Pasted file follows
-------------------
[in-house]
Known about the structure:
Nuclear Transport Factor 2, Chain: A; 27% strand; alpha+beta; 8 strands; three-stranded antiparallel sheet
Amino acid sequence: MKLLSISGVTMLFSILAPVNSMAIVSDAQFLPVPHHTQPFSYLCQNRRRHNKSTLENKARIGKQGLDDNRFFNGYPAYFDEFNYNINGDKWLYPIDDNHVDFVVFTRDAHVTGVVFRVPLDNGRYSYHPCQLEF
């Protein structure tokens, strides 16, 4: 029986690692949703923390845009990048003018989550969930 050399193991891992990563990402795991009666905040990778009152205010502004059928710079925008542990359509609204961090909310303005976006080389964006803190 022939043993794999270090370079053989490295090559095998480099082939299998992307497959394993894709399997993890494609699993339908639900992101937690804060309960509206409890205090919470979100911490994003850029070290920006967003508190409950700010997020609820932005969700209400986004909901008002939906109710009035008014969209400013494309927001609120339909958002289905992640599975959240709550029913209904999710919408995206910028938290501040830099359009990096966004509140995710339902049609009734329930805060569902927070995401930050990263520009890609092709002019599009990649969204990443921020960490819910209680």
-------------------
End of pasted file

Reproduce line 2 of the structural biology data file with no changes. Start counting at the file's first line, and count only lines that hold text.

Known about the structure: